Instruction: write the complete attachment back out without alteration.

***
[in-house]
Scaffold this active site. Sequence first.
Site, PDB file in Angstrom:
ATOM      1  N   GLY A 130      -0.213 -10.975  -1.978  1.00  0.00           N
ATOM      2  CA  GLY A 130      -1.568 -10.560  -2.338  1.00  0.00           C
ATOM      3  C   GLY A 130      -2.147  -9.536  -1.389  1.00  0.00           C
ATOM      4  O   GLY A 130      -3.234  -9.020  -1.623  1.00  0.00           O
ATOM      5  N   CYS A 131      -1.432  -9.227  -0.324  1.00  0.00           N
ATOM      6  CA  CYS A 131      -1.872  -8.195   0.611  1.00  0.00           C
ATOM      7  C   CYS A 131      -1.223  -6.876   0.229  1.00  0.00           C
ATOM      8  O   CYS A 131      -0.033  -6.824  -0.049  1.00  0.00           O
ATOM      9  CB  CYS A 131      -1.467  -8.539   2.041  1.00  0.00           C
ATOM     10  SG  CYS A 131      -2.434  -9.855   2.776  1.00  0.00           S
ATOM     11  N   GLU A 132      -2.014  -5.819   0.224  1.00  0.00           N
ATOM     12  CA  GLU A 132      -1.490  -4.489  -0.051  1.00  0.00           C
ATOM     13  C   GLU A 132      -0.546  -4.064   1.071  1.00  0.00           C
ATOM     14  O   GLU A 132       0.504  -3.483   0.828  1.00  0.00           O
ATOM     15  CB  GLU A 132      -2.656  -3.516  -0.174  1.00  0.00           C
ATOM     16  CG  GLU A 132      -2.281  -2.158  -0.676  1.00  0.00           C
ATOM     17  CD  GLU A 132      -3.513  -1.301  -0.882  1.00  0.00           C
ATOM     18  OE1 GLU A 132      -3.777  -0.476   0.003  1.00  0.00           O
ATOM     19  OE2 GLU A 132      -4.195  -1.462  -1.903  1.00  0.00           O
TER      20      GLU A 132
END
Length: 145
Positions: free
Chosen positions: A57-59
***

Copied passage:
[in-house]
Scaffold this active site. Sequence first.
Site, PDB file in Angstrom:
ATOM      1  N   GLY A 130      -0.213 -10.975  -1.978  1.00  0.00           N
ATOM      2  CA  GLY A 130      -1.568 -10.560  -2.338  1.00  0.00           C
ATOM      3  C   GLY A 130      -2.147  -9.536  -1.389  1.00  0.00           C
ATOM      4  O   GLY A 130      -3.234  -9.020  -1.623  1.00  0.00           O
ATOM      5  N   CYS A 131      -1.432  -9.227  -0.324  1.00  0.00           N
ATOM      6  CA  CYS A 131      -1.872  -8.195   0.611  1.00  0.00           C
ATOM      7  C   CYS A 131      -1.223  -6.876   0.229  1.00  0.00           C
ATOM      8  O   CYS A 131      -0.033  -6.824  -0.049  1.00  0.00           O
ATOM      9  CB  CYS A 131      -1.467  -8.539   2.041  1.00  0.00           C
ATOM     10  SG  CYS A 131      -2.434  -9.855   2.776  1.00  0.00           S
ATOM     11  N   GLU A 132      -2.014  -5.819   0.224  1.00  0.00           N
ATOM     12  CA  GLU A 132      -1.490  -4.489  -0.051  1.00  0.00           C
ATOM     13  C   GLU A 132      -0.546  -4.064   1.071  1.00  0.00           C
ATOM     14  O   GLU A 132       0.504  -3.483   0.828  1.00  0.00           O
ATOM     15  CB  GLU A 132      -2.656  -3.516  -0.174  1.00  0.00           C
ATOM     16  CG  GLU A 132      -2.281  -2.158  -0.676  1.00  0.00           C
ATOM     17  CD  GLU A 132      -3.513  -1.301  -0.882  1.00  0.00           C
ATOM     18  OE1 GLU A 132      -3.777  -0.476   0.003  1.00  0.00           O
ATOM     19  OE2 GLU A 132      -4.195  -1.462  -1.903  1.00  0.00           O
TER      20      GLU A 132
END
Length: 145
Positions: free
Chosen positions: A57-59